Tesla planning to triple energy storage in 2018

Jordan Smith
By Jordan Smith
For business

The energy storage market is expanding rapidly around the world, and Tesla hopes to lead the pack with an ambitious plan to grow the amount of megawatt hours of energy it can store with its products in 2018.

“We continue to aim for a three-fold increase in MWh deployed for our energy storage products this year,” Tesla stated in its first quarter earnings letter. The company saw its storage capacity grow by 160 percent during the first quarter, reaching 373 MWh.

Tesla has major projects in the United States and Australia, including a battery storage facility in South Australia holding 129 MWh, a project in New York with Consolidated Edison, and operations in Colorado and California.

In remarks on the conference call for Tesla’s first quarter results, Elon Musk suggested the company may have a gigawatt-scale deal to unveil soon.

Prospects for growth

The power grid in the United States presently has an energy storage capacity of 23 gigawatts, according to the Union of Concerned Scientists. The overwhelming majority of current capacity (96 percent) is made up of hydroelectric storage, which involves pumping water into a reservoir when supply outstrips demand. When demand increases, the water is released to provide energy.

While battery storage is far behind hydro in terms of capacity, technological developments sharply reducing storage costs mean that the outlook for growth in this sector is bright.

The push to develop batteries for the electric vehicle market, in which Tesla plays a leading role, has contributed to lowering production costs. In 2010, the cost to store a kilowatt hour of energy was $1,000 but dropped to $230 by 2016, thanks to improvements in battery technology. This reduction coincided with a rapid growth in energy storage in the U.S., which increased by 65 megawatts in 2014 and 220 megawatts in 2015, McKinsey reported.

Cheaper battery costs give utilities the opportunity to manage the strain on the power grid at peak times. At the same time, customers are increasingly able to adopt so-called behind-the-meter installations, such as storage capacity combined with solar panels to cover their energy needs when the sun isn’t shining.

Since this alternative could rival the provision of power by utilities in certain markets, with Green Tech Media predicting that behind-the-meter generation will be equal to utilities’ power generation by 2022, the companies have an interest in remaining involved in the energy storage business.

Improving reliability

Increasing storage capacity is critical to ensure energy grids operate more reliably, particularly as renewable sources begin to play a greater role in the energy mix. Wind and solar power systems, two of the fastest-growing renewable energy technologies, vary depending on the weather and therefore require a backup system for the periods of time when they cannot generate power.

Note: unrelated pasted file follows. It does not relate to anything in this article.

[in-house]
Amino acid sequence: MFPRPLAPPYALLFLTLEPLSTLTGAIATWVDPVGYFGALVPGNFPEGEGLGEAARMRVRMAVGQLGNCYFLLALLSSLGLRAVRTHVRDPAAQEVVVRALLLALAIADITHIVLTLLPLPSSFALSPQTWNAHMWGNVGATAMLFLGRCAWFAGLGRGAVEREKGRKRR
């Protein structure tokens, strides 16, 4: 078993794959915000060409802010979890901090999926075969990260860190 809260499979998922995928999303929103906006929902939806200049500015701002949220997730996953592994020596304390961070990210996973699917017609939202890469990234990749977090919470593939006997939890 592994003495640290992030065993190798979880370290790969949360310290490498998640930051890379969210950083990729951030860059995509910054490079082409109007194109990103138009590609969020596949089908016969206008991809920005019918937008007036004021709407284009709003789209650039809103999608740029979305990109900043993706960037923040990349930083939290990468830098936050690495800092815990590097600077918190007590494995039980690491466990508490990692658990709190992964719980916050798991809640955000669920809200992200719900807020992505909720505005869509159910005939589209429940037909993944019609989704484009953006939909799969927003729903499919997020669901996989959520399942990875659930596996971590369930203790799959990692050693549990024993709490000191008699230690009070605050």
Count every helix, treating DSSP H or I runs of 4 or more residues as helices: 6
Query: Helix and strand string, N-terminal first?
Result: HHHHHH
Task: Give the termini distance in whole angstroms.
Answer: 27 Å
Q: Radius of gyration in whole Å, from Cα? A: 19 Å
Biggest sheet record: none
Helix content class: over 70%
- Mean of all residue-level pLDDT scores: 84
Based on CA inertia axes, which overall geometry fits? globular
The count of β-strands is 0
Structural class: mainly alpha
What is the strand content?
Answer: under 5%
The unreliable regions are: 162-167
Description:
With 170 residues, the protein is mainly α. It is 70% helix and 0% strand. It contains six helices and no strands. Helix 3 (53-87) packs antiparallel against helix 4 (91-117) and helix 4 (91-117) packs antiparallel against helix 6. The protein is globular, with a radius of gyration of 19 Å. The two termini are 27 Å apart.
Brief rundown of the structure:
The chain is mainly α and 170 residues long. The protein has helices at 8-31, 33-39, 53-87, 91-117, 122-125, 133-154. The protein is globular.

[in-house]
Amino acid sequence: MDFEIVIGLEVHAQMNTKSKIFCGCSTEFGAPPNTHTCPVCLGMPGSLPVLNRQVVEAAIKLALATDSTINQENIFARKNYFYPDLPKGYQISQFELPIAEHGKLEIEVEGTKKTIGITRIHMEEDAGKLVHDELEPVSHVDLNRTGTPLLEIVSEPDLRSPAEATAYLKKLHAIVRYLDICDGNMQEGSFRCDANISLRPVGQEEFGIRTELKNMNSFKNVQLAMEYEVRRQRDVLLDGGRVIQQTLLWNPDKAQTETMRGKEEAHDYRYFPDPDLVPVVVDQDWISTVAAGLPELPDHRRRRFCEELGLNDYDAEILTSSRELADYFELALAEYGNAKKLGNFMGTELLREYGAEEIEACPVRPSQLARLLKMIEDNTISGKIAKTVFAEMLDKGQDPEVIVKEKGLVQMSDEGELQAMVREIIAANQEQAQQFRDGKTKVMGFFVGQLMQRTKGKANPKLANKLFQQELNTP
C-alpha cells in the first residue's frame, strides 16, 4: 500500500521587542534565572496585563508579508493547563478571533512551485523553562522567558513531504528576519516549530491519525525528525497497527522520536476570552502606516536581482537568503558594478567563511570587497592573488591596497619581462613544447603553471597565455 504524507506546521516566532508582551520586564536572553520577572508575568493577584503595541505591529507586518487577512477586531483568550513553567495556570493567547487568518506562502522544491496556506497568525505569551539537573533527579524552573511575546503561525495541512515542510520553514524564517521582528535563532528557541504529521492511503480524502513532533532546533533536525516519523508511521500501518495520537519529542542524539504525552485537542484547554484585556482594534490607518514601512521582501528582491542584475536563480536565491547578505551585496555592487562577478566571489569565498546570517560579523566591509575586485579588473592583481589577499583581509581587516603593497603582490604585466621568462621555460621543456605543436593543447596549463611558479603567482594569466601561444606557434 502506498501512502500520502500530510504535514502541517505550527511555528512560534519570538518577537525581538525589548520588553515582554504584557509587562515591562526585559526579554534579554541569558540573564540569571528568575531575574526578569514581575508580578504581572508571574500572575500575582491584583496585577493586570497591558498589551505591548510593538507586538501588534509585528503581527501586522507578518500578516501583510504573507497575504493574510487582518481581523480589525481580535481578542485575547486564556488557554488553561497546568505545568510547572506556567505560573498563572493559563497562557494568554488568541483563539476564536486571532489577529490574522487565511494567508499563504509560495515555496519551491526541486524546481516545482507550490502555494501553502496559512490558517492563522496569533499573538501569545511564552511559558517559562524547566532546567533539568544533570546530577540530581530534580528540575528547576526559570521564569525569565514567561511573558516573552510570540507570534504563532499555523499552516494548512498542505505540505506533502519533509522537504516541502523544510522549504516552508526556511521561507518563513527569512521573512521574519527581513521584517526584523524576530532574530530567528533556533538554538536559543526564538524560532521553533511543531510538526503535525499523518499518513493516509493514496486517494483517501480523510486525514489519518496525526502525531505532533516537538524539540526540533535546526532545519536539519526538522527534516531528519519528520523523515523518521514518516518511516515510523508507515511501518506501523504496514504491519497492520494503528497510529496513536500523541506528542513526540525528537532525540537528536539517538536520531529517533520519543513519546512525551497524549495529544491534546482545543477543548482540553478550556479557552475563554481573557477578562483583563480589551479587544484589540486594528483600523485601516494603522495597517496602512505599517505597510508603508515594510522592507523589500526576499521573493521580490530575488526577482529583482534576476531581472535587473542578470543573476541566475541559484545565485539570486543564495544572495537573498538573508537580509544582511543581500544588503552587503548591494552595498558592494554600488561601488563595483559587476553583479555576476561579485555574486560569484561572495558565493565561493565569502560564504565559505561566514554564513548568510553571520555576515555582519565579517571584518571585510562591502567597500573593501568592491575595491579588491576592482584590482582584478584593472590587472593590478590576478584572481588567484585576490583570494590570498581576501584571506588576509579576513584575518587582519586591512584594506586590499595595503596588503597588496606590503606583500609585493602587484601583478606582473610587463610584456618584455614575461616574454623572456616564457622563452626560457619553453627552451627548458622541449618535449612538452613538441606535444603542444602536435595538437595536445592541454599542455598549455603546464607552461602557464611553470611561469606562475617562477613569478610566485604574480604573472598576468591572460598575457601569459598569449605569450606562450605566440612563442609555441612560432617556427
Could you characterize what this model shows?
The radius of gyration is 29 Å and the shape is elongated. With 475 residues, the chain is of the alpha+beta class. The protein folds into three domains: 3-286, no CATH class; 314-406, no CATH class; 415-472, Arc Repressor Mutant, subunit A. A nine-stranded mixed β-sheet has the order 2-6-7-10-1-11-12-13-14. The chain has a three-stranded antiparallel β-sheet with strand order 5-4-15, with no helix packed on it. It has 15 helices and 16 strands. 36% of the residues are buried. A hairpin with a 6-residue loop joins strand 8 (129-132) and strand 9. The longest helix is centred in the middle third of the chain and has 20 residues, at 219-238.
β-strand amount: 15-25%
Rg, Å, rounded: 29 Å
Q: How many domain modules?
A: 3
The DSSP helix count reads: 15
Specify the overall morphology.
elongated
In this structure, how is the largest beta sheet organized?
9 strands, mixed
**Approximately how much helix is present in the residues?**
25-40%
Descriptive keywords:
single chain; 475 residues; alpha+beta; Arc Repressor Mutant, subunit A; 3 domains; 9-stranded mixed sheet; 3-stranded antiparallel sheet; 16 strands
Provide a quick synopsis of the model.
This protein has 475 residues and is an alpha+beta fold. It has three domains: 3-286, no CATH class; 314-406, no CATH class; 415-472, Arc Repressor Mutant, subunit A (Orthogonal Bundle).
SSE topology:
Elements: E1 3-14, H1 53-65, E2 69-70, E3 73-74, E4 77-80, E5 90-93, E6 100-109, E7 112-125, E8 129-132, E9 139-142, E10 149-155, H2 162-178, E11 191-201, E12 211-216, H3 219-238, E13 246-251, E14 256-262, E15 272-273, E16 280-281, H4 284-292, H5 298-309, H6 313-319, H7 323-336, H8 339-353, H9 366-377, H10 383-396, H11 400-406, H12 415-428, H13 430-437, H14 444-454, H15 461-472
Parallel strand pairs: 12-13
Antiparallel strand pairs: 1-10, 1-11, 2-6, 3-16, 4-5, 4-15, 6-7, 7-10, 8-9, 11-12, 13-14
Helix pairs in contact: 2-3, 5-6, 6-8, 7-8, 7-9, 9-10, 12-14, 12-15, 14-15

Even traditional power generation models can benefit from a dependable backstop. Tesla’s 129 MWh battery storage facility in south Australia, for example, was called into action within a matter of milliseconds last year after a nearby coal power plant shut down without warning.

“I think it had quite a profound effect,” Musk said of the battery. “South Australia took a chance on doing the world’s biggest battery, and it’s worked out really well. If you read the articles, it worked out far beyond their expectations because the battery is able to respond at the millisecond level – far faster than any hydrocarbon plant. So, its grid stabilization was much greater actually than even a gas turbine plant, which normally respond quite fast.”

Competition

Other players in the energy market are keen to get in on the act. With $10 billion in planned investments in energy storage by 2035, French energy utility EDF is hoping to emerge as the European leader in the storage market. EDF’s plan aims to create 10 gigawatts of additional energy storage around the world by 2035.

The new storage systems will not necessarily be purchased by customers outright or operate at the grid level. To make energy storage costs more affordable, several companies, including Younicos, Power Edison, and ENGIE Storage, are offering storage rental models.

Tim Grejtak, an analyst with Lux Research, explained that the goal of storage rental is to encourage consumers to enter the market by “lightening the capital expenditure for the customer.” He added that companies in the industry are beginning to use their business model to stand out from the competition, as opposed to placing emphasis on the technology they use.

Tesla also has a presence in the home storage market with its Powerwall business. The company stated in its first quarter letter that purchases of its Powerwall batteries, which retail at just over $5,000 excluding installation costs, are expected to grow significantly this year.

Jordan Smith is an freelance journalist and translator covering issues related to energy, the environment, and politics. His work has appeared on the independent news site Opposing Views and at the Canadian Labour Institute.